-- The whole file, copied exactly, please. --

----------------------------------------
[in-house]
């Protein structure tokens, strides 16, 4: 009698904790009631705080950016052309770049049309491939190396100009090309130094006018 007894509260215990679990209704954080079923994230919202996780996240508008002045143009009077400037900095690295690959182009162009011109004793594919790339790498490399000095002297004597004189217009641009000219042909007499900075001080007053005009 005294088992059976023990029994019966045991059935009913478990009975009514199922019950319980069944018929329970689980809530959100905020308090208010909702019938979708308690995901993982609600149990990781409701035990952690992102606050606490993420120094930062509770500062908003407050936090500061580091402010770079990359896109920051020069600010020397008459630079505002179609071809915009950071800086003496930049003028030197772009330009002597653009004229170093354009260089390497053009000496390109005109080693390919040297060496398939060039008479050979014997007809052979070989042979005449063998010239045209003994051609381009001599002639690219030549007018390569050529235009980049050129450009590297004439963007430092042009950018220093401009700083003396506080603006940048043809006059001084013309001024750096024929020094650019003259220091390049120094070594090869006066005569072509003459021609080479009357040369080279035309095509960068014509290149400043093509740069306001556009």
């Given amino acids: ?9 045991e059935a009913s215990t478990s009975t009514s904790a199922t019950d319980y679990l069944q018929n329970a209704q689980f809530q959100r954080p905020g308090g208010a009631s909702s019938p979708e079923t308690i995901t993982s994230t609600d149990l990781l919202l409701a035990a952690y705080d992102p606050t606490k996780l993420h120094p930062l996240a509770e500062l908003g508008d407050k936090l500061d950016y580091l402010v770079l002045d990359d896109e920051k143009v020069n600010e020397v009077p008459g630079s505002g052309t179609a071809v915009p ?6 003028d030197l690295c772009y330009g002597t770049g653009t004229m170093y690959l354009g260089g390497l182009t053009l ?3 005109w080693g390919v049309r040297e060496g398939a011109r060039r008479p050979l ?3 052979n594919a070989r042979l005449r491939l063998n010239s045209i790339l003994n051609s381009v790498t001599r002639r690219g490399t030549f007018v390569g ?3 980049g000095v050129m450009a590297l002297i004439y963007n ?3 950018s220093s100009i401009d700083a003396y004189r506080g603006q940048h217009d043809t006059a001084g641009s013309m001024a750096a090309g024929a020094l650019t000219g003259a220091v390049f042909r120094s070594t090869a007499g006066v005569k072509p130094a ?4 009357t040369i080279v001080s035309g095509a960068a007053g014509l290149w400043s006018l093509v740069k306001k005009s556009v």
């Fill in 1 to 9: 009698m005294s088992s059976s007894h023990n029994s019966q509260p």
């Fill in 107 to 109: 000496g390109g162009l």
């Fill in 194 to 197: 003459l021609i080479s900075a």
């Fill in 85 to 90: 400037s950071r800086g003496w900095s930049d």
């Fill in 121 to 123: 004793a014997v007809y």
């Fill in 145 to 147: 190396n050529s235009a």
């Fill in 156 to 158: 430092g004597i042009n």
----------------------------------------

[in-house]
């Protein structure tokens, strides 16, 4: 009698904790009631705080950016052309770049049309491939190396100009090309130094006018 007894509260215990679990209704954080079923994230919202996780996240508008002045143009009077400037900095690295690959182009162009011109004793594919790339790498490399000095002297004597004189217009641009000219042909007499900075001080007053005009 005294088992059976023990029994019966045991059935009913478990009975009514199922019950319980069944018929329970689980809530959100905020308090208010909702019938979708308690995901993982609600149990990781409701035990952690992102606050606490993420120094930062509770500062908003407050936090500061580091402010770079990359896109920051020069600010020397008459630079505002179609071809915009950071800086003496930049003028030197772009330009002597653009004229170093354009260089390497053009000496390109005109080693390919040297060496398939060039008479050979014997007809052979070989042979005449063998010239045209003994051609381009001599002639690219030549007018390569050529235009980049050129450009590297004439963007430092042009950018220093401009700083003396506080603006940048043809006059001084013309001024750096024929020094650019003259220091390049120094070594090869006066005569072509003459021609080479009357040369080279035309095509960068014509290149400043093509740069306001556009």
């Given amino acids: ?9 045991e059935a009913s215990t478990s009975t009514s904790a199922t019950d319980y679990l069944q018929n329970a209704q689980f809530q959100r954080p905020g308090g208010a009631s909702s019938p979708e079923t308690i995901t993982s994230t609600d149990l990781l919202l409701a035990a952690y705080d992102p606050t606490k996780l993420h120094p930062l996240a509770e500062l908003g508008d407050k936090l500061d950016y580091l402010v770079l002045d990359d896109e920051k143009v020069n600010e020397v009077p008459g630079s505002g052309t179609a071809v915009p ?6 003028d030197l690295c772009y330009g002597t770049g653009t004229m170093y690959l354009g260089g390497l182009t053009l ?3 005109w080693g390919v049309r040297e060496g398939a011109r060039r008479p050979l ?3 052979n594919a070989r042979l005449r491939l063998n010239s045209i790339l003994n051609s381009v790498t001599r002639r690219g490399t030549f007018v390569g ?3 980049g000095v050129m450009a590297l002297i004439y963007n ?3 950018s220093s100009i401009d700083a003396y004189r506080g603006q940048h217009d043809t006059a001084g641009s013309m001024a750096a090309g024929a020094l650019t000219g003259a220091v390049f042909r120094s070594t090869a007499g006066v005569k072509p130094a ?4 009357t040369i080279v001080s035309g095509a960068a007053g014509l290149w400043s006018l093509v740069k306001k005009s556009v």
């Fill in 1 to 9: 009698m005294s088992s059976s007894h023990n029994s019966q509260p």
């Fill in 107 to 109: 000496g390109g162009l």
């Fill in 194 to 197: 003459l021609i080479s900075a």
């Fill in 85 to 90: 400037s950071r800086g003496w900095s930049d």
């Fill in 121 to 123: 004793a014997v007809y």
């Fill in 145 to 147: 190396n050529s235009a």
């Fill in 156 to 158: 430092g004597i042009n």